Kiosks were not terribly popular back in the eighties because your average consumer back then was not very familiar with the technology. Skip forward to today and your average consumer is likely to be a regular web surfer, has an email account and a computer, and is usually familiar with computing technology. Needless to say, acceptance of the kiosk has changed.
The kiosk comes in many forms but it is essentially a PC with a touchscreen interface in an attention-grabbing cabinet. A kiosk can run a web browser and display pages from your company’s Internet shopping site. When connected to the Internet and store network, a kiosk can be updated centrally so that it accesses current or real time stock information.
The in-store kiosk has many uses, including (but not limited to) the following:
- Available stock can be viewed.
- Prices can be checked.
- Specific items in-store can be located.
- Additional product information can be provided by linking to the manufacturer’s website. Alternatively, a more detailed webpage can be accessed that helps the customer make an informed purchasing decision.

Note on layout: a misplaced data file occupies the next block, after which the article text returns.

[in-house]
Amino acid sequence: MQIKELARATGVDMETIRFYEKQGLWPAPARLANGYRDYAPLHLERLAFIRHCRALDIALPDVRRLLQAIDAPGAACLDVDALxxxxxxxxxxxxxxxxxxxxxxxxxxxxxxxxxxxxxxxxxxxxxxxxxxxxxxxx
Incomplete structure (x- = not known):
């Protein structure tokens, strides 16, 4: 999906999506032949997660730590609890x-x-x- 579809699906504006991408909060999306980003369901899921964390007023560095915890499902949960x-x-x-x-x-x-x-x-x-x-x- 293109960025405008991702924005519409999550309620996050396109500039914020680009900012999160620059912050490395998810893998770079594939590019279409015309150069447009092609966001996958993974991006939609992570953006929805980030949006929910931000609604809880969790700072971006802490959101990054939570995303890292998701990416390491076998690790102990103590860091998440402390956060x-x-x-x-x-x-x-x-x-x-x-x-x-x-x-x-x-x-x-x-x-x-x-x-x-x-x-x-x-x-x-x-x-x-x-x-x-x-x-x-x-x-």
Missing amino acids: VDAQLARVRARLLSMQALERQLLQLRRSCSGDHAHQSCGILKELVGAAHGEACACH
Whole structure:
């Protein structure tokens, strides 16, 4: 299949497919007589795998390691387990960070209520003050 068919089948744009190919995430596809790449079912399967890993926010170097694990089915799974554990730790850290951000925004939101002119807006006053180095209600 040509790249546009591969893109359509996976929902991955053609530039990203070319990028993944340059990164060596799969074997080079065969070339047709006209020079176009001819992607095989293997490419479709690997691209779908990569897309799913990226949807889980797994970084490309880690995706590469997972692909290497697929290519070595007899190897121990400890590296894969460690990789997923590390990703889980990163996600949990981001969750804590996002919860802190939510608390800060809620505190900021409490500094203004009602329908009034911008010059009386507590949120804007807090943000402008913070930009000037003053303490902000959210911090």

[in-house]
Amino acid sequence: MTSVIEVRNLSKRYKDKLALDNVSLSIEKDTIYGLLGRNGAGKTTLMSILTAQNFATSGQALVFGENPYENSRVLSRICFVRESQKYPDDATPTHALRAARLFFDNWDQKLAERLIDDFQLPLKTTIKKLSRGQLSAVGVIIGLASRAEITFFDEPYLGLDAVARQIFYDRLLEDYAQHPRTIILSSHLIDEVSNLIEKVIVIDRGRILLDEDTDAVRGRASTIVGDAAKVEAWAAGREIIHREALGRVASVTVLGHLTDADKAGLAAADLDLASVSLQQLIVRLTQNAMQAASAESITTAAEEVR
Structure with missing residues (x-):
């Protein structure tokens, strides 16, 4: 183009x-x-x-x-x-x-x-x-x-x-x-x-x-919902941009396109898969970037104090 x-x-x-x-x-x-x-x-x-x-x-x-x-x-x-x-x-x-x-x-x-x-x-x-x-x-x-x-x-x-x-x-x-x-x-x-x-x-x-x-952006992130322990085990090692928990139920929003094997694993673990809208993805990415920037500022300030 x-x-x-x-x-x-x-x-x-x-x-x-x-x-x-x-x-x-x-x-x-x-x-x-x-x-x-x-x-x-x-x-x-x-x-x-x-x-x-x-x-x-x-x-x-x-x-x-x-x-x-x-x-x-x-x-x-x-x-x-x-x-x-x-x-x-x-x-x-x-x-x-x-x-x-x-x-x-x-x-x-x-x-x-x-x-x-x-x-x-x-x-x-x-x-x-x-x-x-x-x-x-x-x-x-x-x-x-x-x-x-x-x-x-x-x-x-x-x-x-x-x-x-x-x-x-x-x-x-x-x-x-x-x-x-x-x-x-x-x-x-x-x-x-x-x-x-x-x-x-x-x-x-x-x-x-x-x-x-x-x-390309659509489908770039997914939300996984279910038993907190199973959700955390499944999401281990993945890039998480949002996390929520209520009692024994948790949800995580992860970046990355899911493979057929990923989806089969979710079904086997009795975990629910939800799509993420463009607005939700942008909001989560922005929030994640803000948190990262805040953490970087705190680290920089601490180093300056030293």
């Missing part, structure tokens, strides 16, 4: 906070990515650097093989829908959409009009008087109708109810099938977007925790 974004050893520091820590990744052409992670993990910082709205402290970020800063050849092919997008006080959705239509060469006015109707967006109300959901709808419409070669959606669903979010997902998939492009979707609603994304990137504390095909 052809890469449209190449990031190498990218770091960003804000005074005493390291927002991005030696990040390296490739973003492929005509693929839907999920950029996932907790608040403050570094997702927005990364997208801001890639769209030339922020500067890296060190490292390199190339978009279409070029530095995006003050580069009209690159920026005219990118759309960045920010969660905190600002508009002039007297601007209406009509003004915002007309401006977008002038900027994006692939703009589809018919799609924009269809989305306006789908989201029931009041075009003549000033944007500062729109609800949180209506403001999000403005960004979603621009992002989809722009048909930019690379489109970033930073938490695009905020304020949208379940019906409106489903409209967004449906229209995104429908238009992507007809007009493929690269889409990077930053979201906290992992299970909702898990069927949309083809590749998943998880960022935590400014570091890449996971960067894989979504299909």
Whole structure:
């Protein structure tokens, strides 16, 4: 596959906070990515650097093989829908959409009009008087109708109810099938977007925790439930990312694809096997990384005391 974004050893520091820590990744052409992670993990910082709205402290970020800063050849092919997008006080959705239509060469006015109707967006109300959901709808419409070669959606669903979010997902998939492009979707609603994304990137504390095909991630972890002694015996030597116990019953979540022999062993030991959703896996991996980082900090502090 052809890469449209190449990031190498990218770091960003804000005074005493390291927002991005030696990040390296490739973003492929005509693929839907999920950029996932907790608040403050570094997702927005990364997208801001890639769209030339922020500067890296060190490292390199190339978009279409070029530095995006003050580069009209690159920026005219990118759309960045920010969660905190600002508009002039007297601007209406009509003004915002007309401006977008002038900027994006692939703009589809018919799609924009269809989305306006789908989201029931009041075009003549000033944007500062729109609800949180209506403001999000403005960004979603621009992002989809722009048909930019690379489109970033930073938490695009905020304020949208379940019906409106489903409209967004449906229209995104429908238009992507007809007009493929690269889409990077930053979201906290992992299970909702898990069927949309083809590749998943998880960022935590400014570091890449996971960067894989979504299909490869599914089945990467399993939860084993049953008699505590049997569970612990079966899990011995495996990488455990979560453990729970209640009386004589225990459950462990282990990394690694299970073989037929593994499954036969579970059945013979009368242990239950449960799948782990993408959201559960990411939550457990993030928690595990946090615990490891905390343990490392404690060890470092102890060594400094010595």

- Assistance or tips and techniques can be provided.
- Orders can be placed in-store.By using Internet shopping content, kiosks represent an effective way of leveraging investment in a store website. For example, all retailers see the value in selling higher ticket items but these often demand a greater level of consumer involvement before a purchasing decision is made. Kiosks that provide extensive information on a product have proven to be a successful means of showing the benefits to customers, resulting in a high level of familiarity that can greatly assist in overcoming reservations.
Like Internet shopping, kiosks suit some people more than others. While the interaction with sales staff can never be replaced for many, there are nevertheless many others who like to quietly shop and do their own research. These people are effectively catered for by a kiosk. Sometimes, good customer service is about letting the customer do it themselves.
The kiosk can store a virtually limitless amount of stock in one square metre of space – every item, in every style, every size and every colour. Imagine a system that takes up less than a square metre that can help generate thousands of dollars of sales, whilst being unpaid and unattended. The kiosk can do this for you!
This article originally appeared in ReTales, the newsletter from Australian company Creative Computing. Ask the staff at Creative Computing how they can help create the perfect kiosk for your store or visit www.creativecomputing.com.au/ for more information.